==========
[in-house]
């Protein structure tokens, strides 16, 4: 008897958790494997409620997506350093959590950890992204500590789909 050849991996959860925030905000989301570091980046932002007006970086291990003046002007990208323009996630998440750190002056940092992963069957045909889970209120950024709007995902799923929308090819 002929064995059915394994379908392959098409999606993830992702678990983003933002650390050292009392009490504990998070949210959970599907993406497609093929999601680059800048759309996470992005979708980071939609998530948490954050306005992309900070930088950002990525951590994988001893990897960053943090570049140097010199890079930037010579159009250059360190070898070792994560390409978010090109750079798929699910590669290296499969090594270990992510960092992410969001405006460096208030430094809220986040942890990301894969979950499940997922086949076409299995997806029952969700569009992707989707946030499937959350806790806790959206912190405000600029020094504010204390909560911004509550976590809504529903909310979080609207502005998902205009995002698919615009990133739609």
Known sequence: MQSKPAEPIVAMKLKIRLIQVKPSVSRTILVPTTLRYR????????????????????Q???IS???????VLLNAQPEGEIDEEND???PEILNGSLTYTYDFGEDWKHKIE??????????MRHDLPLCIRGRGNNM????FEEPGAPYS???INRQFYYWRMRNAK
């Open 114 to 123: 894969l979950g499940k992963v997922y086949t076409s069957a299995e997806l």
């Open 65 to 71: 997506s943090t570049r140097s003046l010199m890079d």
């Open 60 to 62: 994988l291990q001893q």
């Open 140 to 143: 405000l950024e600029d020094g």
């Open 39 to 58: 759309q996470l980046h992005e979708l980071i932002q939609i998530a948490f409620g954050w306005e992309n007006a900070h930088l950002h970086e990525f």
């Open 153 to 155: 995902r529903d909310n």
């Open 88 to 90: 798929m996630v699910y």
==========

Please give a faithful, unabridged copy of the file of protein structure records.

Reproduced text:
[in-house]
């Protein structure tokens, strides 16, 4: 008897958790494997409620997506350093959590950890992204500590789909 050849991996959860925030905000989301570091980046932002007006970086291990003046002007990208323009996630998440750190002056940092992963069957045909889970209120950024709007995902799923929308090819 002929064995059915394994379908392959098409999606993830992702678990983003933002650390050292009392009490504990998070949210959970599907993406497609093929999601680059800048759309996470992005979708980071939609998530948490954050306005992309900070930088950002990525951590994988001893990897960053943090570049140097010199890079930037010579159009250059360190070898070792994560390409978010090109750079798929699910590669290296499969090594270990992510960092992410969001405006460096208030430094809220986040942890990301894969979950499940997922086949076409299995997806029952969700569009992707989707946030499937959350806790806790959206912190405000600029020094504010204390909560911004509550976590809504529903909310979080609207502005998902205009995002698919615009990133739609």
Known sequence: MQSKPAEPIVAMKLKIRLIQVKPSVSRTILVPTTLRYR????????????????????Q???IS???????VLLNAQPEGEIDEEND???PEILNGSLTYTYDFGEDWKHKIE??????????MRHDLPLCIRGRGNNM????FEEPGAPYS???INRQFYYWRMRNAK
């Open 114 to 123: 894969l979950g499940k992963v997922y086949t076409s069957a299995e997806l």
């Open 65 to 71: 997506s943090t570049r140097s003046l010199m890079d």
């Open 60 to 62: 994988l291990q001893q």
């Open 140 to 143: 405000l950024e600029d020094g």
């Open 39 to 58: 759309q996470l980046h992005e979708l980071i932002q939609i998530a948490f409620g954050w306005e992309n007006a900070h930088l950002h970086e990525f």
């Open 153 to 155: 995902r529903d909310n």
């Open 88 to 90: 798929m996630v699910y």